With Halloween so close, I decided to dedicate this post to Things that go bump in the night, and present an excerpt from my new release: Matrix Crystal Hunters.
With some illustrations done by me.
She drove up the side of the old riverbank. Rounding a corner, she found the remains of a road. Maya continued down the rough track until a large structure came into view.
The huge, stone building seemed ageless. It could have been built yesterday, but it was more likely to be more than a thousand years old. She parked her jeep nearby and walked the rest of the way on foot. The wind howled around the corners of the structure, making Maya suddenly feel more isolated than she was used to, and unusually for her, a little wary. She hugged her elbows and slowed her steps.
Locating a doorway, she entered and found a big empty space. The large structure had been constructed from nearly indestructible stone, so only the doors and roof were gone and, although long abandoned, it was surprisingly clean, except for rust-colored spots where some kind of machinery had once stood.
The superstitious Zeemen stayed away from such old buildings, considering them evil or sacred, depending on who you spoke to. An excellent place to set up camp.
Maya gathered up her supplies to set them inside the building. She put her tent up in a corner where the sun had already warmed the stones, so that the heat they were radiating would help to keep her warm during the cold desert night. She set up her tables, but left her instruments in their boxes on the floor. They were irreplaceable and she didn't want some wild animal knocking them down.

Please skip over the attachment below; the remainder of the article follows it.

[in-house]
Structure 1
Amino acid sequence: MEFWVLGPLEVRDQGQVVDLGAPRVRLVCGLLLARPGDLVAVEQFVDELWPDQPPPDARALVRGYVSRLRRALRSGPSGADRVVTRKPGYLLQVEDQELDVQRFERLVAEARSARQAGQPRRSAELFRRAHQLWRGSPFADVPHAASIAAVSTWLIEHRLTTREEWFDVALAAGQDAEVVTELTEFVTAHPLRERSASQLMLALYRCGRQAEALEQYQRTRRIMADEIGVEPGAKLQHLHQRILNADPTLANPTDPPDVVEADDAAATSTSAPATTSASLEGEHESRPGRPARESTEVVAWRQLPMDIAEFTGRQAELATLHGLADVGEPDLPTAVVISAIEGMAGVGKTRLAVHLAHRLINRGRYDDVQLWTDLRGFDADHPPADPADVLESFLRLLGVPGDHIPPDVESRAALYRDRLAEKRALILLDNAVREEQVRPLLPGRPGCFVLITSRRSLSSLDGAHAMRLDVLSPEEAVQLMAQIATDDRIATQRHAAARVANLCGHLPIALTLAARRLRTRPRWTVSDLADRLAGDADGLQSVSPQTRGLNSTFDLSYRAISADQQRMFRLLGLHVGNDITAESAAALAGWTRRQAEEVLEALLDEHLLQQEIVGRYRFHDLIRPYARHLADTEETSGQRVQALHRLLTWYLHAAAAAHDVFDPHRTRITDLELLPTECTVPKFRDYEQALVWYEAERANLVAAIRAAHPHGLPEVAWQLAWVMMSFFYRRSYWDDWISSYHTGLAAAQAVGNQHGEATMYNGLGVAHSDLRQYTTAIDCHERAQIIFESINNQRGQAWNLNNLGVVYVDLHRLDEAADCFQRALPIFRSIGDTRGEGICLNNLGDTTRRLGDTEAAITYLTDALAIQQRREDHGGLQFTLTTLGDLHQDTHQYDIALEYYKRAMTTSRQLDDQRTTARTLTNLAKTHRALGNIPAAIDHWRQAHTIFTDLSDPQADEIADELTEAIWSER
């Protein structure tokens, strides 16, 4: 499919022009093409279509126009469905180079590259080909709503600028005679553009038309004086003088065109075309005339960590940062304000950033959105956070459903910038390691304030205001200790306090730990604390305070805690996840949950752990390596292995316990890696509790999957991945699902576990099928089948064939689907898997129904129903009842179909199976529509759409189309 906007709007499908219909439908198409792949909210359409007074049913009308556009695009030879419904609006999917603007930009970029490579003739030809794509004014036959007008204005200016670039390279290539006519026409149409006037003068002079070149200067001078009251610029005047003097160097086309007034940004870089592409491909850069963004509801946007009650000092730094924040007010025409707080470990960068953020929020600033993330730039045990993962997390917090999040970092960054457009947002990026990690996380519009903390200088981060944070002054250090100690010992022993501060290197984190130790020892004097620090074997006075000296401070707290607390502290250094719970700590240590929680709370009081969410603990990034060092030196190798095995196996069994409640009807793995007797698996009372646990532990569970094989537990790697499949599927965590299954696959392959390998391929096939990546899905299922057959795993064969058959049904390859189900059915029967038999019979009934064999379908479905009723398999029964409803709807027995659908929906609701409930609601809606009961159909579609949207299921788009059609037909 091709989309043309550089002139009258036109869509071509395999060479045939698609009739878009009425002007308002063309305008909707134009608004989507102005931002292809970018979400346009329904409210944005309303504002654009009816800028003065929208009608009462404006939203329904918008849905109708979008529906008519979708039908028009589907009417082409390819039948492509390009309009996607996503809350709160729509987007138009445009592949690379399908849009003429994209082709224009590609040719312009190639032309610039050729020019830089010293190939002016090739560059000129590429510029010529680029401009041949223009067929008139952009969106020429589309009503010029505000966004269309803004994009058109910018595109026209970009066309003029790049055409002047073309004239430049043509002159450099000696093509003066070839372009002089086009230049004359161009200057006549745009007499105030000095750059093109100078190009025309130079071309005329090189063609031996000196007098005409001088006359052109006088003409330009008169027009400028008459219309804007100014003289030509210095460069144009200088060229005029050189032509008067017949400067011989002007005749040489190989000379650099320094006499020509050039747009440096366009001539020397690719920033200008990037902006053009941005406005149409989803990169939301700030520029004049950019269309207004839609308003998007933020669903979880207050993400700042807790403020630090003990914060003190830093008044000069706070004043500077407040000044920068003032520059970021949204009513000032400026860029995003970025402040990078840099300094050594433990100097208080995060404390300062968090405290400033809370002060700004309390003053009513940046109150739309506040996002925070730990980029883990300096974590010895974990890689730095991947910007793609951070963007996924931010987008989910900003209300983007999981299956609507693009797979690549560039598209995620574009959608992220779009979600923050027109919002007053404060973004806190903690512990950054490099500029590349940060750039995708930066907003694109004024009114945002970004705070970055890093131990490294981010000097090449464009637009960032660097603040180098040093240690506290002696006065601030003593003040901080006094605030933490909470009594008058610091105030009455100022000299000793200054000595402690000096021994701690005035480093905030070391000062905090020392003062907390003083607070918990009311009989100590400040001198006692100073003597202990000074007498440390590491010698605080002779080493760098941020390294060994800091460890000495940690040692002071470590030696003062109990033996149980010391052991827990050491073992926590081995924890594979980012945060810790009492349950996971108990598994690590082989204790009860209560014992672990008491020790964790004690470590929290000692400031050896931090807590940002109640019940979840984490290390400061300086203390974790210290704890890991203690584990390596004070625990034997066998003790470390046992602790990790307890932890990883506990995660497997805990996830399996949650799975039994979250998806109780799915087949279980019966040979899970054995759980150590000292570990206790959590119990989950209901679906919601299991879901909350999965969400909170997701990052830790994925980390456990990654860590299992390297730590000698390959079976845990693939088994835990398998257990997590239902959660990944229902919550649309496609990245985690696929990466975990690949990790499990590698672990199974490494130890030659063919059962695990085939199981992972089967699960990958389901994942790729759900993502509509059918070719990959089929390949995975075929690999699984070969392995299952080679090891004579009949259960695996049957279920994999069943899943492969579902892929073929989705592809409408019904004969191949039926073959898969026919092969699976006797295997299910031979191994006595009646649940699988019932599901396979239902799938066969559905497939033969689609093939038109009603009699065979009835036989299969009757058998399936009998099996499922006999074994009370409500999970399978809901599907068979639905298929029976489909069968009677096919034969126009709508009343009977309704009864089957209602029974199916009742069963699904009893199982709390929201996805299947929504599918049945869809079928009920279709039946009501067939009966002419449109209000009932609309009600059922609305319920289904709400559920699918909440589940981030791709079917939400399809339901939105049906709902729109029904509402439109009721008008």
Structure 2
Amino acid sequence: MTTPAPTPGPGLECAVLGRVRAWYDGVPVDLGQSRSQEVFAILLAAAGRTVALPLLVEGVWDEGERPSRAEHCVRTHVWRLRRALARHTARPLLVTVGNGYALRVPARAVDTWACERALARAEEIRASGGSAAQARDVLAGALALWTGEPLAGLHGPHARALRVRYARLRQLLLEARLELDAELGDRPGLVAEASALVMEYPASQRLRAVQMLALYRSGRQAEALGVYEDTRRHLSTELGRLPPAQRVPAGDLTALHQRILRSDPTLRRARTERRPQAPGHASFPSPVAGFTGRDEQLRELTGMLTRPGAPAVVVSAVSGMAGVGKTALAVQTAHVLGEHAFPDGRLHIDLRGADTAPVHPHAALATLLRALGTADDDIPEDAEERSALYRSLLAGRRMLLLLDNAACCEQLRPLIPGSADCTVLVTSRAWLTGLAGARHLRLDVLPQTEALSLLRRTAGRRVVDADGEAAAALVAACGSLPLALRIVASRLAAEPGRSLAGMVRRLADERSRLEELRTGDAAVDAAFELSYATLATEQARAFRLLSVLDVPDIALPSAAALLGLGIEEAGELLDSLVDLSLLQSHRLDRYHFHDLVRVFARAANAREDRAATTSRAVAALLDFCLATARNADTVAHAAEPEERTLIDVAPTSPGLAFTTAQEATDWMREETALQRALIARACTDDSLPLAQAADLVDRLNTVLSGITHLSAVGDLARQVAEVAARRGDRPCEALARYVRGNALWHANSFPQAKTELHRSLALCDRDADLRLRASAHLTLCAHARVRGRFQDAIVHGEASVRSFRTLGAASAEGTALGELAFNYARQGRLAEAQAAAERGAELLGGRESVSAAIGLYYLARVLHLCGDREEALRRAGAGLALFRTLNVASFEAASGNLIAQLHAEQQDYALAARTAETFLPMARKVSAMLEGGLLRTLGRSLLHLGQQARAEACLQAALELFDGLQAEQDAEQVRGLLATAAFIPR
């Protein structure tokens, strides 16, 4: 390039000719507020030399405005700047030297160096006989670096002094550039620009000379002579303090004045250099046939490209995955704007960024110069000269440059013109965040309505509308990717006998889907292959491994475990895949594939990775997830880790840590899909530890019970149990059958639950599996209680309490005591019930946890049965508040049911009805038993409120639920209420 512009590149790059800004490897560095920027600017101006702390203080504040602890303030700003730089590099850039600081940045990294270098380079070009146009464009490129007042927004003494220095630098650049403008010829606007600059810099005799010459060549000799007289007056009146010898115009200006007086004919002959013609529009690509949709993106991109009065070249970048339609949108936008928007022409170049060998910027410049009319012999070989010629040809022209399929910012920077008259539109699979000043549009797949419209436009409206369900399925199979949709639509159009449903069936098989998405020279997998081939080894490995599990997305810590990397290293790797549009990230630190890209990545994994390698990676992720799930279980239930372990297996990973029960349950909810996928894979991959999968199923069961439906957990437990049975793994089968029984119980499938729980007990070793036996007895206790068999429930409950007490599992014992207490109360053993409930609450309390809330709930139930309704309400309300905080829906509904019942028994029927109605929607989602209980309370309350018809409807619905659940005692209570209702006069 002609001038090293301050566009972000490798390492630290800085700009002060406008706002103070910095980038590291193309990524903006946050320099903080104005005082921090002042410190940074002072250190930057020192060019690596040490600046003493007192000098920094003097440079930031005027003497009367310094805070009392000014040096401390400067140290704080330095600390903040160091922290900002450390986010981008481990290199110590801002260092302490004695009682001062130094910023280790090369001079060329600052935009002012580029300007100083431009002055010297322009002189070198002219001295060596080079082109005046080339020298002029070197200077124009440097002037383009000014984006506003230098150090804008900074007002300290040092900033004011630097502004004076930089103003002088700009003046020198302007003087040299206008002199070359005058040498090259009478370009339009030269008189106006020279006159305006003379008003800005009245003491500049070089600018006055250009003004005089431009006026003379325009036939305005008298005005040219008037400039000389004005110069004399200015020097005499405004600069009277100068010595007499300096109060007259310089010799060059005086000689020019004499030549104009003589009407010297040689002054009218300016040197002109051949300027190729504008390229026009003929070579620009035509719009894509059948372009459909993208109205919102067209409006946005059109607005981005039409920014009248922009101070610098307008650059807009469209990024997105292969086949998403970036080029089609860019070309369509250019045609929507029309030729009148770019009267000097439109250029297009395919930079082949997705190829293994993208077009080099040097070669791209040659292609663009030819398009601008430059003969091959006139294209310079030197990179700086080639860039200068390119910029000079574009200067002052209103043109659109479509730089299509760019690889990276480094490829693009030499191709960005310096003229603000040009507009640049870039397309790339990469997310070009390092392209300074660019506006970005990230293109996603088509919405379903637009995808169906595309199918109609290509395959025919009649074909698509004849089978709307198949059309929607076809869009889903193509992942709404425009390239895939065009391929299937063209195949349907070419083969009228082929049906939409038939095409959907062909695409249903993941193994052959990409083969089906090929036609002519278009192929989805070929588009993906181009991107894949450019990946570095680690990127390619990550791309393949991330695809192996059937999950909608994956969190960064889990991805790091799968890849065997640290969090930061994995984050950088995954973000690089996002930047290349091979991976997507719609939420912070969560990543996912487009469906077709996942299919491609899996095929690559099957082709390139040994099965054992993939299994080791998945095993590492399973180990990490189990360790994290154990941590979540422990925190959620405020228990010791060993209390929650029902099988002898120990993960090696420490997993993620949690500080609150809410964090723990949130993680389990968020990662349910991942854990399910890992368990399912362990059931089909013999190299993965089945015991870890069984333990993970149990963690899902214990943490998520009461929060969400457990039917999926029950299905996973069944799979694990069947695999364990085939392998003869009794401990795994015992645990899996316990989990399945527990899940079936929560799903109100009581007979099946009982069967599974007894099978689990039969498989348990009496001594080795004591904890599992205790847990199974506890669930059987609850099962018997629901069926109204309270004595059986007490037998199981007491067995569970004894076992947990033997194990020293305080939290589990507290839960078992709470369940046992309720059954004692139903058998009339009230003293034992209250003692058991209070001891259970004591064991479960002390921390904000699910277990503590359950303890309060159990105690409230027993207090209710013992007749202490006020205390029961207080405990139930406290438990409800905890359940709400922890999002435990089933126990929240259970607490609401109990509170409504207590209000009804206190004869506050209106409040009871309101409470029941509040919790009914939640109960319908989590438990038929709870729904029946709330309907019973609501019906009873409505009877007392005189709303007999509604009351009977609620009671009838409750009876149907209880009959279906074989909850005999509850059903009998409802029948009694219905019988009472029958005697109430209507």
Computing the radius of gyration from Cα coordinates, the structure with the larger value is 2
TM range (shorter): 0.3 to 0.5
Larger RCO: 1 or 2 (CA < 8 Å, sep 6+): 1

Taking a flashlight, Maya made a quick foray into the strip mine. The setting sun reflected off a few places, but her heart sank. If the matrix crystals were here, it would light up more than this. First thing tomorrow, I’ll have to go all the way down there.
She didn't relish the idea of the hike. The strip mine was deep and it would take her a while to reach the bottom, where hopefully a few of the crystals remained. Tiers, used as roads, went around the edges, leading down to the lowest section, but they were overgrown with trees and shrubs, and water pooled at the bottom of the mine. But that could be blocking her view of the refraction of the matrix crystals too.
Maya finished setting up her camp. She lit a small burner so she could warm up some noodles for dinner. Her stomach growled, reminding her that she had forgotten to eat lunch again.
She imagined how Momma Roosa would chastise her if she knew that. “Don’t you know, girl, food is the only fuel a body has to fill up on? How can you keep on going if you don’t eat?”
“Yeah, yeah, yeah.” Maya stirred in the contents of her seasoning package. She saved what small amounts of Earth food she still had for trips out.
After her scanty dinner, Maya went to bed, hoping to get an early start in the morning. Sleep was a long time coming. The excitement of exploring a new site always kept her awake. But, just as she started to doze off, there was a scuffing sound, not unlike the noise made by someone’s shoe.
Maya jumped, opening her eyes wide in the darkness. Who could be way out here? She hadn't seen a soul all day.
Another scrape, but this one closer. Maya stiffened, her heart beating so loudly, she feared she wouldn't be able to hear anything else. Lifting her head, she held her breath, willing her heart to quiet down.
Maya relaxed. It must have been the wind blowing something around. Yeah, that’s it. She closed her eyes again. Sleep was close.
Then came the unmistakable sound of the tent’s zipper being drawn up, bringing her back to full wakefulness.
Who the hell is that?
Janice Seagraves website: http://janiceseagraves.org/